Aluminum has been an integral material in cars, trucks and other vehicles throughout their history, but it’s still surprising to learn about how new electric vehicles are so dependent on aluminum alloys. It just goes to show that even after 100 years, aluminum is still undergoing tremendous innovations that are essential to industry.
An overview of electric vehicles
While the gas-powered automobile has been around for over a century, commercially sold electric vehicles, also known as EVs, are a much more recent development. With the twin threats of climate change and peak oil prices, more sustainable alternatives to the internal combustion engine (ICE) are the subject of much research and development, and aluminum has an important role to play in the transformation.
Battery-powered electric cars don’t rely on gasoline, but rather have large, rechargeable battery cells that provide the energy needed to propel the vehicle. Today’s EVs have ranges that vary from 80 to over 300 miles, depending upon the model, and researchers are constantly improving on those numbers. Compared to gas cars, EVs have a much lower carbon footprint during their lifecycle and are contributing to a greener planet.
It is estimated that between 2010 and 2019, the number of electric vehicles on the roads increased from 17,000 to over 7 million.
Is aluminum used in electric cars?
Just like with traditional automobiles, aluminum is a popular material in modern electric vehicles. Both ICE and electric powered manufacturers need to reduce the overall vehicle weight. ICE car and truck producers are trying to meet the CAFE (Corporate Average Fuel Economy) standards set for fuel efficiency, while electric vehicle producers are trying to improve the range of travel before recharging. The less power required to travel a certain distance means the further the battery charge will take the vehicle.
There are more advantages to aluminum in electric vehicles than just weight. Aluminum offers better thermal conductivity than steel and other metals, a key consideration in the highly sensitive electrical components of EVs. Much of the electrical wiring of EVs relies on aluminum wiring as well.
Another factor in the adoption of aluminum is that it has a greener lifecycle, especially when the ease of recyclability is figured in. Electric vehicles are being rated according to their carbon emissions over their entire lifecycle, so manufacturers are willing to invest in more sustainable materials such as aluminum.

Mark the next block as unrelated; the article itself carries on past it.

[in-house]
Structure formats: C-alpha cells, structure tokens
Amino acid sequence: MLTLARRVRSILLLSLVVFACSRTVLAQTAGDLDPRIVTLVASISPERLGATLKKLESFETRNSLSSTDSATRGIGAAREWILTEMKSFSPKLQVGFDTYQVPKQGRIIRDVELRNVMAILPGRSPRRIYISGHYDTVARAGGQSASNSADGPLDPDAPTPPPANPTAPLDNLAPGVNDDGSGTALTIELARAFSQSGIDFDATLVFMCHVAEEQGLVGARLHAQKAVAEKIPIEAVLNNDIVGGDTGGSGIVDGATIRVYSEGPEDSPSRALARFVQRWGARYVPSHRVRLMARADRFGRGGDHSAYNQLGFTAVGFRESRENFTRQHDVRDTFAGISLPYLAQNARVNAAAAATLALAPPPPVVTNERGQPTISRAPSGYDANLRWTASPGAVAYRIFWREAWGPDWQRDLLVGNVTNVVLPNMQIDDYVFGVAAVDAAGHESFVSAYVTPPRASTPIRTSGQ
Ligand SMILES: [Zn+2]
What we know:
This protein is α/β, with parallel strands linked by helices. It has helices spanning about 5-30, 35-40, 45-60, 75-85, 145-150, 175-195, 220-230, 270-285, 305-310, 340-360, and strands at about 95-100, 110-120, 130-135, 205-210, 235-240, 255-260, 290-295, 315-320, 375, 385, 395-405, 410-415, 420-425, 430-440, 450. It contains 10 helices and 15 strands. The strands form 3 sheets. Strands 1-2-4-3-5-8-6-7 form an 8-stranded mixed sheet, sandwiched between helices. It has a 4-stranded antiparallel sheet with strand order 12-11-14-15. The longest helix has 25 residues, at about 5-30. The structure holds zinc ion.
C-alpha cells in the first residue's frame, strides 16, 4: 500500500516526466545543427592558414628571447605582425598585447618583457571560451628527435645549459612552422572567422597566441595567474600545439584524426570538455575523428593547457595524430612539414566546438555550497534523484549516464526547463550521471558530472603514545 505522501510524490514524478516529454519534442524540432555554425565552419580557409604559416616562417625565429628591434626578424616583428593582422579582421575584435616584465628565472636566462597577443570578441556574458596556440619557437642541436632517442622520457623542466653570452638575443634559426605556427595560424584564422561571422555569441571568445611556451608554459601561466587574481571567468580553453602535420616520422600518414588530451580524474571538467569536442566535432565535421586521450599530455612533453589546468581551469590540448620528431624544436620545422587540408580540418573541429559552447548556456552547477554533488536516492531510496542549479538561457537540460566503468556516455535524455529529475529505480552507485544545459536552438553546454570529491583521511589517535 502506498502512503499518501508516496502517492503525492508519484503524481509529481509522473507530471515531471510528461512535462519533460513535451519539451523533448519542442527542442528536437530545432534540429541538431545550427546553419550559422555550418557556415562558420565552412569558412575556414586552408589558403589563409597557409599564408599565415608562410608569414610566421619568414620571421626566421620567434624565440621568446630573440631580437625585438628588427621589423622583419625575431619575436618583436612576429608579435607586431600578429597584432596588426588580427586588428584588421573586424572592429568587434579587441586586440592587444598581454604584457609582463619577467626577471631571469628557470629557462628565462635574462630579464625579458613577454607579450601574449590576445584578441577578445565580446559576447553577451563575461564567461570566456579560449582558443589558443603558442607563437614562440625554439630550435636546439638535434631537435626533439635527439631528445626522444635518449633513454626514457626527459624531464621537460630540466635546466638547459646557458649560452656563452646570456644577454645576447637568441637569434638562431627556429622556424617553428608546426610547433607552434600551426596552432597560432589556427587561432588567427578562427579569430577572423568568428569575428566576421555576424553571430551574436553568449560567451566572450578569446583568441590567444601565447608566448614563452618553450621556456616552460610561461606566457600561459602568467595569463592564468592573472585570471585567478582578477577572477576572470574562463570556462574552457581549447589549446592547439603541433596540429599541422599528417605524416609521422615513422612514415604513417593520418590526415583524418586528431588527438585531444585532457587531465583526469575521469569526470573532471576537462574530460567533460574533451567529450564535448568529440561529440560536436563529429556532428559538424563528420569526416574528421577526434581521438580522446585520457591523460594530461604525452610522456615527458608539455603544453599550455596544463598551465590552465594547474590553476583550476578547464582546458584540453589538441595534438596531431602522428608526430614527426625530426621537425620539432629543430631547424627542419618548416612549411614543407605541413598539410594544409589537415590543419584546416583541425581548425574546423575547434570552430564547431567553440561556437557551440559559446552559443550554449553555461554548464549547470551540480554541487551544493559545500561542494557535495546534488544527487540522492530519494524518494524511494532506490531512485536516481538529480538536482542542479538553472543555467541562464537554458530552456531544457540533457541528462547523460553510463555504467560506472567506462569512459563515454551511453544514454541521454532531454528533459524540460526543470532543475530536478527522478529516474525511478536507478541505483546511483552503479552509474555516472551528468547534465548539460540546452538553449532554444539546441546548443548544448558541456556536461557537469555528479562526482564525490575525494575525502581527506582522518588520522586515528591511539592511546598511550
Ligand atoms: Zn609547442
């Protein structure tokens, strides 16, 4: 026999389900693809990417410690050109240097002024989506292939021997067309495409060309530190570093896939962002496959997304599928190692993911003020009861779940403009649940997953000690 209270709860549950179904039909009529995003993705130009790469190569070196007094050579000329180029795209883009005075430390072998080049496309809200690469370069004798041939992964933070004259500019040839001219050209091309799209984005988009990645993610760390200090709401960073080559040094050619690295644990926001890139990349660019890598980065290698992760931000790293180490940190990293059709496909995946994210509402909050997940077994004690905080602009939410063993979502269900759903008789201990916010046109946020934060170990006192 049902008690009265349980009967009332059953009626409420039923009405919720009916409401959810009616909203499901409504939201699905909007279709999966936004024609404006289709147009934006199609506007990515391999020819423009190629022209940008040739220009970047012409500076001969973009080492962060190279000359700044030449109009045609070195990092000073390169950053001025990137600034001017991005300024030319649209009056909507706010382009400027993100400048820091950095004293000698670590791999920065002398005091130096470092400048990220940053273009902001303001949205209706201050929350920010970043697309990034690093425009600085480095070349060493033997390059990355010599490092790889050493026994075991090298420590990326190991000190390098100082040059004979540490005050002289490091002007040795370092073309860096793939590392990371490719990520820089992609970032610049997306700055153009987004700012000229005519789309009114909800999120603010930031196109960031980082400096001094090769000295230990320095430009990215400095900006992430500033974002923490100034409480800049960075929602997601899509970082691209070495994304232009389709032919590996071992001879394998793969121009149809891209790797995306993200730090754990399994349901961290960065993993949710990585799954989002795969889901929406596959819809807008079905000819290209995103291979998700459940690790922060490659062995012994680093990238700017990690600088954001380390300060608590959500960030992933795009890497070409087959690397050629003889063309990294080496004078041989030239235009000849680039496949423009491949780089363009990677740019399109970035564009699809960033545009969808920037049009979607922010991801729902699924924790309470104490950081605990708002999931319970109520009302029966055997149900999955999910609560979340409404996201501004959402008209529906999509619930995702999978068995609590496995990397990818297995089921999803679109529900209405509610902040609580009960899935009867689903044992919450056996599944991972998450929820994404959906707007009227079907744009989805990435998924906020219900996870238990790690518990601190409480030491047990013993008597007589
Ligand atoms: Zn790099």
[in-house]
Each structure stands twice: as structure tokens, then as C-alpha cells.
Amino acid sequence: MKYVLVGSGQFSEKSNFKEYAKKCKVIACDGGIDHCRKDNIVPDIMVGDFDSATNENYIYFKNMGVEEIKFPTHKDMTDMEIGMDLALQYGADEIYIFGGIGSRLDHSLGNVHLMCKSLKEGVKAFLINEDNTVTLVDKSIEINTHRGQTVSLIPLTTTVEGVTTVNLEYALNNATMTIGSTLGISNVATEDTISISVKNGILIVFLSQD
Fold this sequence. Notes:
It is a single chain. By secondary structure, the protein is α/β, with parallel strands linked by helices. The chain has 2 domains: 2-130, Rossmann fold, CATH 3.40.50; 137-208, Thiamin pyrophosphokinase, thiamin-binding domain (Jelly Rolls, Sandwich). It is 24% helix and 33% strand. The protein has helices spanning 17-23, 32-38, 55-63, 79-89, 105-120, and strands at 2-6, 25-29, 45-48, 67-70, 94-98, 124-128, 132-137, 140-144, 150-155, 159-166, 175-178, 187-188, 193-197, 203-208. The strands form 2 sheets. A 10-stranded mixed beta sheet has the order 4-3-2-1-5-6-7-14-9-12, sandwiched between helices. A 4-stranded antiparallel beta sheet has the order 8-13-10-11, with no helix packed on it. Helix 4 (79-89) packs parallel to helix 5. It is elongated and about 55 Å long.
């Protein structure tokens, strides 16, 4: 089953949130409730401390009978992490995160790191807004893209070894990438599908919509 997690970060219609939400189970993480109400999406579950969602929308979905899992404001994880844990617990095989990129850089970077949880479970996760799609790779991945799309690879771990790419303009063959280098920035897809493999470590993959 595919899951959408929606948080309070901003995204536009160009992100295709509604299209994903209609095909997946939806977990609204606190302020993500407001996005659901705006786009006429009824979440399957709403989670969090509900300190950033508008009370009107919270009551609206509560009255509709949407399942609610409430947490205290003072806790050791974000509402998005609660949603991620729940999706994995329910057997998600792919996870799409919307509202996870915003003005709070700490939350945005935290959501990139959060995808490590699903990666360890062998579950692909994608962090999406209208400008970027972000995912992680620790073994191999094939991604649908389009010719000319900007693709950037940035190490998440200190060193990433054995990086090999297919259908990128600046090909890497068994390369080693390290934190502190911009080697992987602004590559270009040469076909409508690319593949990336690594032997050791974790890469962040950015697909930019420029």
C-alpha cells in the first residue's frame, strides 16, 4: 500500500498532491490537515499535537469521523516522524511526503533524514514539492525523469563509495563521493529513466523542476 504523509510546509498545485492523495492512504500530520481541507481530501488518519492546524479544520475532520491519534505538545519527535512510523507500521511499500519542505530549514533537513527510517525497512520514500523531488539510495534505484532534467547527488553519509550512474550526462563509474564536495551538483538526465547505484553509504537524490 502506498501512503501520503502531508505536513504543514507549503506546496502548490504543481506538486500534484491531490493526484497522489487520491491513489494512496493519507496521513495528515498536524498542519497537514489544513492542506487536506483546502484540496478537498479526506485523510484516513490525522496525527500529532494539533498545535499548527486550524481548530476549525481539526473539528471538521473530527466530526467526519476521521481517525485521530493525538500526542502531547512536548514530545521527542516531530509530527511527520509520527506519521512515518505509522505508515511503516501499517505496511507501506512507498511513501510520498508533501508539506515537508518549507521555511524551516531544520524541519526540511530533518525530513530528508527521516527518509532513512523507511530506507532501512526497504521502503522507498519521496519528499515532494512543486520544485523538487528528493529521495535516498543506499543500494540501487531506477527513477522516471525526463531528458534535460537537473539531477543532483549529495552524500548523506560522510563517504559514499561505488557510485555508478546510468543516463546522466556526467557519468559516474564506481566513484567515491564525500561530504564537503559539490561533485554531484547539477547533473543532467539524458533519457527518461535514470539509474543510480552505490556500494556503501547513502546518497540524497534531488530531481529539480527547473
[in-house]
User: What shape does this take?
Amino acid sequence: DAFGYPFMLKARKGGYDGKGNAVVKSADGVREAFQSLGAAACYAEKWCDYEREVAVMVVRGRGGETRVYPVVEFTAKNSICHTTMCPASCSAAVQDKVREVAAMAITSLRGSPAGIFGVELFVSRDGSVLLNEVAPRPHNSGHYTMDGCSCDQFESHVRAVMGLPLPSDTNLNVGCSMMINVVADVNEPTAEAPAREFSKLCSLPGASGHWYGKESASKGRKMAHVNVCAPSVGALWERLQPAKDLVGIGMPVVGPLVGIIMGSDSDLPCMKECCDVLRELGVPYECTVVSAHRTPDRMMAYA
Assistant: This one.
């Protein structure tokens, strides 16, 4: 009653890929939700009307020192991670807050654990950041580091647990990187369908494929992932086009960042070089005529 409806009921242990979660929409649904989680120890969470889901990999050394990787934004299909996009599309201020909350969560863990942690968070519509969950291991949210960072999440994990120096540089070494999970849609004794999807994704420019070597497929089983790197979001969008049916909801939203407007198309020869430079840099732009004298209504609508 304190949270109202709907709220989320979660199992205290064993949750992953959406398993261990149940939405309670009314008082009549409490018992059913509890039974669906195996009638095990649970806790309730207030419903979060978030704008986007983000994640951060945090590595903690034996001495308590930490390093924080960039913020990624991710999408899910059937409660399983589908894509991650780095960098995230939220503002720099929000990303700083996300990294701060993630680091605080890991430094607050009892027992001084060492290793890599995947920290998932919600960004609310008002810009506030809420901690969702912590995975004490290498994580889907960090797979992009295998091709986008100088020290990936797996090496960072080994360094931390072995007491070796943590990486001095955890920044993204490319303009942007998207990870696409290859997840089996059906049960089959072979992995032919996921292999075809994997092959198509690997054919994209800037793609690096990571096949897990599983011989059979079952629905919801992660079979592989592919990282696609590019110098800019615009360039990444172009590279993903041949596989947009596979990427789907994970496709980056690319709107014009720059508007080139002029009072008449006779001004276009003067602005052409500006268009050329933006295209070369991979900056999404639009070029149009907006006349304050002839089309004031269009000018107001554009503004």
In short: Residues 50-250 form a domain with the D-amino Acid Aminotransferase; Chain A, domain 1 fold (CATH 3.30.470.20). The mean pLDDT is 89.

Tesla has invested heavily in new aluminum casting technology to enable them to cast entire vehicle subframes as single parts. The Tesla Model 3 chassis will be produced from front and rear single piece frames with a structural battery case connecting the two. This chassis system incorporates several parts that were formerly stamped and fastened together with welds and other methods; it will eliminate 370 parts. The robots required for assembly will also be reduced from approximately 1,000 to about 300.
The Idra Group in Italy has produced 5,500 ton and 6,200 ton die casting presses specifically to cast these frames. One of the largest innovations these machines required is the shot system to deliver the molten aluminum into the die; it can inject 220 lbs of metal into the cavity in 60 – 100 milliseconds.
For all these reasons and more, it’s been estimated that EVs and plug-in hybrids use 25% more aluminum than traditional vehicles.
What aluminum alloys are used in electric vehicles?
Generally, the same aluminum alloys found in traditional automobiles are also found in electric vehicles. The bodies of EVs are frequently made up of popular 6XXX series alloys such as 6061, 6016, and 6111. High corrosion resistant alloys are also common, such as 5182 and 5754. Solid and hollow profile extrusions are also proving to be an indispensable asset in the design and construction of electric vehicles as well as their charging stations. Extrusions are also a popular solution for EV battery enclosure applications.
But to further push the possibilities of electric vehicles, new alloys are also required. That’s why many of the most advanced EVs, such as Tesla, feature revolutionary new alloys that were specially created for the purpose. For instance, in 2020, the company applied for patents for one new alloy that had the yield strength of A356 but the electrical conductivity of 100.1 alloy.
Your Partner In Sustainable Metals
Aluminum alloys, thanks to their constant advances, have become a durable, adaptable, and high quality option for the electrical vehicle market. With such a premium being placed on sustainability and efficiency, it makes sense to use only the most sustainable, cost effective materials. It also pays to partner with a metal supplier who has a proven track record of success when it comes to reliability and professionalism.
At Clinton Aluminum, we have always believed in the importance of using the right material for the job. Our sales professionals work with customers to supply the correct alloy for every application, and that includes the EV market. Contact one of our friendly customer service representatives today with any questions or inquiries.